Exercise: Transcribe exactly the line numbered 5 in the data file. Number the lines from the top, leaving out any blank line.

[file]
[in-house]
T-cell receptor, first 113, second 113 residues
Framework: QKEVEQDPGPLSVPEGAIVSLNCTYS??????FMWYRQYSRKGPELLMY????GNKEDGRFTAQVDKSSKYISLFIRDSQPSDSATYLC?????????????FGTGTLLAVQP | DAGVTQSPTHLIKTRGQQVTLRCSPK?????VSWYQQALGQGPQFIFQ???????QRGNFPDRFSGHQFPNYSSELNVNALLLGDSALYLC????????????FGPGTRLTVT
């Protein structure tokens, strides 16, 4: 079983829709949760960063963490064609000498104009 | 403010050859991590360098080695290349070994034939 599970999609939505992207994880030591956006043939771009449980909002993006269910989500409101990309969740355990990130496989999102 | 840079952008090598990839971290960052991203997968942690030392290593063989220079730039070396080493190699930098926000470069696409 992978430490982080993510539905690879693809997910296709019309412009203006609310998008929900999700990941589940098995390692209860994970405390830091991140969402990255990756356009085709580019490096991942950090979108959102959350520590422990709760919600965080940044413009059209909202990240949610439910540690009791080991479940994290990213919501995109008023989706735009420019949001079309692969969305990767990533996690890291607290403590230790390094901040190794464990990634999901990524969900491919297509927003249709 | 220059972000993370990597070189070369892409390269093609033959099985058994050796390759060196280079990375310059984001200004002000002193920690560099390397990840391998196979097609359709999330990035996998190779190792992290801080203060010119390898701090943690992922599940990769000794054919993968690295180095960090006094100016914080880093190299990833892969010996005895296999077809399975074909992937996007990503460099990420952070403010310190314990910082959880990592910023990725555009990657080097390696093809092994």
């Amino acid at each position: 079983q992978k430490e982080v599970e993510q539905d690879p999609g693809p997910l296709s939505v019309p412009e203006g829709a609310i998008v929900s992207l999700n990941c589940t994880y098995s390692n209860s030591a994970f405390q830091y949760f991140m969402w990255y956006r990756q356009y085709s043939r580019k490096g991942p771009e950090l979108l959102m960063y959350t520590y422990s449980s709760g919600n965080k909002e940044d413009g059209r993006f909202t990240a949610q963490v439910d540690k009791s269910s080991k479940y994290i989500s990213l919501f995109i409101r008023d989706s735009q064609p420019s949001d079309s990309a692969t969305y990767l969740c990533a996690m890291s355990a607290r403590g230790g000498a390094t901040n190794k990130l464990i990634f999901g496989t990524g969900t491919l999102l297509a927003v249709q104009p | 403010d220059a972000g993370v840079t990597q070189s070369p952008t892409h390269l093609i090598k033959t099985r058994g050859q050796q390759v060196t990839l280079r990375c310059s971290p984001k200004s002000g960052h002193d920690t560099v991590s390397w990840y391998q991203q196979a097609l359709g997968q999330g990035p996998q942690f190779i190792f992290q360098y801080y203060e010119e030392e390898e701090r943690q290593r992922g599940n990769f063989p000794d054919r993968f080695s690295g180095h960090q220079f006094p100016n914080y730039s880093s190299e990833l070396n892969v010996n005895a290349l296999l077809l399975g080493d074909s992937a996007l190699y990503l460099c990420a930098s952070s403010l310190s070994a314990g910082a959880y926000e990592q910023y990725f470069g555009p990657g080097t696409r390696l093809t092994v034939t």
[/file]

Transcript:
């Amino acid at each position: 079983q992978k430490e982080v599970e993510q539905d690879p999609g693809p997910l296709s939505v019309p412009e203006g829709a609310i998008v929900s992207l999700n990941c589940t994880y098995s390692n209860s030591a994970f405390q830091y949760f991140m969402w990255y956006r990756q356009y085709s043939r580019k490096g991942p771009e950090l979108l959102m960063y959350t520590y422990s449980s709760g919600n965080k909002e940044d413009g059209r993006f909202t990240a949610q963490v439910d540690k009791s269910s080991k479940y994290i989500s990213l919501f995109i409101r008023d989706s735009q064609p420019s949001d079309s990309a692969t969305y990767l969740c990533a996690m890291s355990a607290r403590g230790g000498a390094t901040n190794k990130l464990i990634f999901g496989t990524g969900t491919l999102l297509a927003v249709q104009p | 403010d220059a972000g993370v840079t990597q070189s070369p952008t892409h390269l093609i090598k033959t099985r058994g050859q050796q390759v060196t990839l280079r990375c310059s971290p984001k200004s002000g960052h002193d920690t560099v991590s390397w990840y391998q991203q196979a097609l359709g997968q999330g990035p996998q942690f190779i190792f992290q360098y801080y203060e010119e030392e390898e701090r943690q290593r992922g599940n990769f063989p000794d054919r993968f080695s690295g180095h960090q220079f006094p100016n914080y730039s880093s190299e990833l070396n892969v010996n005895a290349l296999l077809l399975g080493d074909s992937a996007l190699y990503l460099c990420a930098s952070s403010l310190s070994a314990g910082a959880y926000e990592q910023y990725f470069g555009p990657g080097t696409r390696l093809t092994v034939t």